October 22, 2013; New York Daily News


Do you think that Bugsy Siegel and the other New York mobsters who made Las Vegas into the casino powerhouse it is today ever imagined that their brainchild would become some people’s economic model of urban survival? How many states and cities have plans for allowing or expanding casino gambling as the quid pro quo for attracting new revenues and jobs?

Shortly, New Yorkers are going to the polls to vote on increasing New York State’s openness to casinos. The state currently has only five Indian-run casinos and nine “racinos” (race tracks with video lottery terminals). The plan would be to open as many as seven full-fledged casinos beyond those at the reservations and racetracks. If the vote goes in favor of the casinos, new ones could open in the Catskills, the Lake George area, or the Southern Tier, but casinos in New York City and Long Island would be prohibited for another seven years. Governor Cuomo is apparently in favor of the casino bill, promising that the money will go to education aid and reduced property taxes.

When casino investment is, so to speak, in the cards, lobbyists and campaign contributions aren’t far behind. The Daily News describes the free-for-all in New York as the lobbyists’ full employment program. The New York Times has a detailed account about political donations from gambling interests. A recent report suggests $3.2 million in donations from gambling interests has flowed to politicians of both parties, including over $361,000 to Governor Cuomo’s campaign coffers.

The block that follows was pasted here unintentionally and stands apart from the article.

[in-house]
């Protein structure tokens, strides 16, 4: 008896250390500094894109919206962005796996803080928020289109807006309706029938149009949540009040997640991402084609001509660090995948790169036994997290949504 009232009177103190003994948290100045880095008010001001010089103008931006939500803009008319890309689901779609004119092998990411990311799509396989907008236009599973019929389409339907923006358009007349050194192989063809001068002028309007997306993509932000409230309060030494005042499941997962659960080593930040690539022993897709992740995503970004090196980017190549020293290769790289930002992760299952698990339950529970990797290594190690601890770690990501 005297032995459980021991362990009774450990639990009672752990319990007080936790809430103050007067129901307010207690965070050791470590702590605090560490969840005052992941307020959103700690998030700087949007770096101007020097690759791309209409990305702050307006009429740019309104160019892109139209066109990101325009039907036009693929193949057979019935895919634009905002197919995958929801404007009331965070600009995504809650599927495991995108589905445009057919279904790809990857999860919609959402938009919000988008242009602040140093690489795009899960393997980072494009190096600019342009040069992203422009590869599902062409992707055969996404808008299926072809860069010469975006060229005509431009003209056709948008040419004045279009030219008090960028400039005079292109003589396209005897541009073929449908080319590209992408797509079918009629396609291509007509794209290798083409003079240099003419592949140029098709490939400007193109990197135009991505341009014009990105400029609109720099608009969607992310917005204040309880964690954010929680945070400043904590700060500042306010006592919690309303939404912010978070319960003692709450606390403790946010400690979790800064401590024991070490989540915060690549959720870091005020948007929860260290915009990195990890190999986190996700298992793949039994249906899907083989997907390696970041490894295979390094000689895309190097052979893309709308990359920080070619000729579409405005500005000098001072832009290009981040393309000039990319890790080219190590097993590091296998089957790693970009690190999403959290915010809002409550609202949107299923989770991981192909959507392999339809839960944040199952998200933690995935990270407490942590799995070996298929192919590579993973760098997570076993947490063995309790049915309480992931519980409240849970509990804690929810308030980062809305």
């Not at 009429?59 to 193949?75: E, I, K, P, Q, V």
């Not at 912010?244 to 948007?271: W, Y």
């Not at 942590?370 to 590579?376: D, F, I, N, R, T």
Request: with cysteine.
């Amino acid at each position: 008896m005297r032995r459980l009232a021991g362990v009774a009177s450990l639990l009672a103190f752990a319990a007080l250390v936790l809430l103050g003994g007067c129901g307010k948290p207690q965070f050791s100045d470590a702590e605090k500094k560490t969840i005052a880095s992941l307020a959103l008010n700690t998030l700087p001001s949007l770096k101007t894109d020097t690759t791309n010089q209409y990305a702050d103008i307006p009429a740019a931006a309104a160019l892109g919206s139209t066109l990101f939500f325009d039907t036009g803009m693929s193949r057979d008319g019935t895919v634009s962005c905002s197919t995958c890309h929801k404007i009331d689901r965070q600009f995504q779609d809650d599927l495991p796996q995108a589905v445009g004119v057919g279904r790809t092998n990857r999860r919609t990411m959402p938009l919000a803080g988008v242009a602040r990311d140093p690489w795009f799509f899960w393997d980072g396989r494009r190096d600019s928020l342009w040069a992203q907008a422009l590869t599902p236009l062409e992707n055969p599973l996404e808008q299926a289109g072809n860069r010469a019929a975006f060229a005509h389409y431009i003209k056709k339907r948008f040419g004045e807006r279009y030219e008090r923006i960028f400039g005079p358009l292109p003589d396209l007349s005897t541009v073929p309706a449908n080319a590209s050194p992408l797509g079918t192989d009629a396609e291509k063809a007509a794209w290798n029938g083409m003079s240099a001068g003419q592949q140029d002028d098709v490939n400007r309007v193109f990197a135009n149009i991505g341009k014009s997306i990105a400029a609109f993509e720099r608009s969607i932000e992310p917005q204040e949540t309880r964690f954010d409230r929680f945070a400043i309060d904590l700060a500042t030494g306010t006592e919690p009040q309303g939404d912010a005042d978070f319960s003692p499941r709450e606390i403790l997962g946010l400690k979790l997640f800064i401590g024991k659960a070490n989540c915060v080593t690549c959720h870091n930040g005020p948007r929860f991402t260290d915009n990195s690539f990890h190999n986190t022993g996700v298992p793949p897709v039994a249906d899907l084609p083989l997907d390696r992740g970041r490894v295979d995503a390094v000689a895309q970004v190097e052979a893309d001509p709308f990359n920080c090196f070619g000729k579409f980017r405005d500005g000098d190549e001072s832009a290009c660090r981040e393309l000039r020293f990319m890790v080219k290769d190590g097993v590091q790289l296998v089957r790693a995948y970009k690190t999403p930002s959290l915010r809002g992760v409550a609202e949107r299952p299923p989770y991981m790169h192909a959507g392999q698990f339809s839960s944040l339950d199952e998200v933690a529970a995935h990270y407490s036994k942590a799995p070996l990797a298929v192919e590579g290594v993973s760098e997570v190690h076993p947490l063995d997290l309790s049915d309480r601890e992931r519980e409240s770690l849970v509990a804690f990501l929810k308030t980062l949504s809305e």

NPQ’s interest in gambling is in watching how the casino investors use charitable and philanthropic donations to generate public support for their plans.  In Bethlehem, Pennsylvania, one of the areas that will find itself with new casino competition if New York’s plans go through, the Sands, which has been redeveloping the old Bethlehem steel plant, is hoping to get more state support for expansion. At a recent Pennsylvania Gaming Control Board hearing, Bethlehem Sands president Robert DeSalvio advocated increasing the number of table games it offered at its casino. Part of his pitch was to tout its charitable contributions in the area, trotting out a dean from Northampton Community College, who lauded Sands for its support of the Lehigh Valley Food & Wine Festival, and the executive director of the Lehigh Valley Hispanic Center, who applauded the Casino’s financial and volunteer assistance for its two South Side facilities. DeSalvio said that Sands has made $528,000 in charitable donations in the last year, presumably for the purposes of the hearing, to local entities.

Gambling plans in other states also come with charitable kickers. In California, Governor Jerry Brown has been more open to casino gambling than his predecessor, Arnold Schwarzenegger. The big issue at the moment is a planned referendum that would overturn the California legislature’s approval of an Indian casino in Madera County at a location 35 miles from where the tribe is located. For his upcoming reelection effort, Brown has received $300,000 in campaign donations from the tribes which, according to the Sacramento Bee, “have poured $125,000 this year into charitable causes at his behest.” In Massachusetts, which recently expanded casino gambling, the issue of approving or rejecting specific casino development proposals is now in the hands of local voters. Part and parcel of their pitches have been “charitable donations, hand-delivering oversized checks with lots of zeros.”

The casino gambling industry uses the promise of jobs, tax revenues, and charitable donations to lure political and voter support. As he developed and ran the iconic Flamingo, Bugsy Siegel himself also disbursed charitable gifts, particularly to the Damon Runyon Cancer Fund. One wonders whether nonprofits see themselves as benefitting from casino philanthropy in a manner that outweighs the problems of gambling and crime that tend to be associated with casino facilities.—Rick Cohen